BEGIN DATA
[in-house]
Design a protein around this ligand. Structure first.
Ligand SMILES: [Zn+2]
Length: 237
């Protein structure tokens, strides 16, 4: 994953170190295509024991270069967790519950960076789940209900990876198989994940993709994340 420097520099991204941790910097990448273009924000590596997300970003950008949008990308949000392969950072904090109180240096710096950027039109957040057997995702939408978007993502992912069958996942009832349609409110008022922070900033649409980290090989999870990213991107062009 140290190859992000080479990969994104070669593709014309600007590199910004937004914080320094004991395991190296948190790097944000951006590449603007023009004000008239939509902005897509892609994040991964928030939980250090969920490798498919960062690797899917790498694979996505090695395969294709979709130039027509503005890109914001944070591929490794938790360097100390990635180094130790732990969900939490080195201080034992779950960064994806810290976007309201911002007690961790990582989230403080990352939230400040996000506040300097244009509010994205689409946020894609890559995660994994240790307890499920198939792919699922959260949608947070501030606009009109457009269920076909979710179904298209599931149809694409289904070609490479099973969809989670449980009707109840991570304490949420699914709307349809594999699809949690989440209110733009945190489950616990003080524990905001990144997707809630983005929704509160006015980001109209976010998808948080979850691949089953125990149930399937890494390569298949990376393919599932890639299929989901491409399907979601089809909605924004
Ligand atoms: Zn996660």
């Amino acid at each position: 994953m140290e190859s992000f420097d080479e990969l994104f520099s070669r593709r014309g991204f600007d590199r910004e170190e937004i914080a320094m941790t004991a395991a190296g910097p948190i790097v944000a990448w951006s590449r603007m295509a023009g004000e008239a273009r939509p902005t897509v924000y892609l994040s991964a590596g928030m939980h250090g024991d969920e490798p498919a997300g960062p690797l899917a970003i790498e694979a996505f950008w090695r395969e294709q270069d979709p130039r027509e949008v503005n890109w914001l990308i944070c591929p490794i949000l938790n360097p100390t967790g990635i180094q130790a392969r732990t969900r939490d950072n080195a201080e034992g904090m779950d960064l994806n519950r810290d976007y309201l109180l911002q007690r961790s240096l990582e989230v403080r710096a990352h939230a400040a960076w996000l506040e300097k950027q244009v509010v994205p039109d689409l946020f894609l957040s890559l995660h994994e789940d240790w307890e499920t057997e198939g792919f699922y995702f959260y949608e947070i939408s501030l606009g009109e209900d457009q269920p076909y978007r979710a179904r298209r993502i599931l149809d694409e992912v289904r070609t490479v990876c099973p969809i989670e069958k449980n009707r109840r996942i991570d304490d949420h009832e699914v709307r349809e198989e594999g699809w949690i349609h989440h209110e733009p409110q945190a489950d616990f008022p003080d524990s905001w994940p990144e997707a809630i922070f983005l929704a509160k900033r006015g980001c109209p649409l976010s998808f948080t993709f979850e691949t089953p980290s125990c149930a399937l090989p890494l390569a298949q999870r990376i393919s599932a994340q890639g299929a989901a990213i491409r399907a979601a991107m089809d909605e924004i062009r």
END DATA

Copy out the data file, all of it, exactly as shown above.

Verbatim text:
[in-house]
Design a protein around this ligand. Structure first.
Ligand SMILES: [Zn+2]
Length: 237
């Protein structure tokens, strides 16, 4: 994953170190295509024991270069967790519950960076789940209900990876198989994940993709994340 420097520099991204941790910097990448273009924000590596997300970003950008949008990308949000392969950072904090109180240096710096950027039109957040057997995702939408978007993502992912069958996942009832349609409110008022922070900033649409980290090989999870990213991107062009 140290190859992000080479990969994104070669593709014309600007590199910004937004914080320094004991395991190296948190790097944000951006590449603007023009004000008239939509902005897509892609994040991964928030939980250090969920490798498919960062690797899917790498694979996505090695395969294709979709130039027509503005890109914001944070591929490794938790360097100390990635180094130790732990969900939490080195201080034992779950960064994806810290976007309201911002007690961790990582989230403080990352939230400040996000506040300097244009509010994205689409946020894609890559995660994994240790307890499920198939792919699922959260949608947070501030606009009109457009269920076909979710179904298209599931149809694409289904070609490479099973969809989670449980009707109840991570304490949420699914709307349809594999699809949690989440209110733009945190489950616990003080524990905001990144997707809630983005929704509160006015980001109209976010998808948080979850691949089953125990149930399937890494390569298949990376393919599932890639299929989901491409399907979601089809909605924004
Ligand atoms: Zn996660």
């Amino acid at each position: 994953m140290e190859s992000f420097d080479e990969l994104f520099s070669r593709r014309g991204f600007d590199r910004e170190e937004i914080a320094m941790t004991a395991a190296g910097p948190i790097v944000a990448w951006s590449r603007m295509a023009g004000e008239a273009r939509p902005t897509v924000y892609l994040s991964a590596g928030m939980h250090g024991d969920e490798p498919a997300g960062p690797l899917a970003i790498e694979a996505f950008w090695r395969e294709q270069d979709p130039r027509e949008v503005n890109w914001l990308i944070c591929p490794i949000l938790n360097p100390t967790g990635i180094q130790a392969r732990t969900r939490d950072n080195a201080e034992g904090m779950d960064l994806n519950r810290d976007y309201l109180l911002q007690r961790s240096l990582e989230v403080r710096a990352h939230a400040a960076w996000l506040e300097k950027q244009v509010v994205p039109d689409l946020f894609l957040s890559l995660h994994e789940d240790w307890e499920t057997e198939g792919f699922y995702f959260y949608e947070i939408s501030l606009g009109e209900d457009q269920p076909y978007r979710a179904r298209r993502i599931l149809d694409e992912v289904r070609t490479v990876c099973p969809i989670e069958k449980n009707r109840r996942i991570d304490d949420h009832e699914v709307r349809e198989e594999g699809w949690i349609h989440h209110e733009p409110q945190a489950d616990f008022p003080d524990s905001w994940p990144e997707a809630i922070f983005l929704a509160k900033r006015g980001c109209p649409l976010s998808f948080t993709f979850e691949t089953p980290s125990c149930a399937l090989p890494l390569a298949q999870r990376i393919s599932a994340q890639g299929a989901a990213i491409r399907a979601a991107m089809d909605e924004i062009r």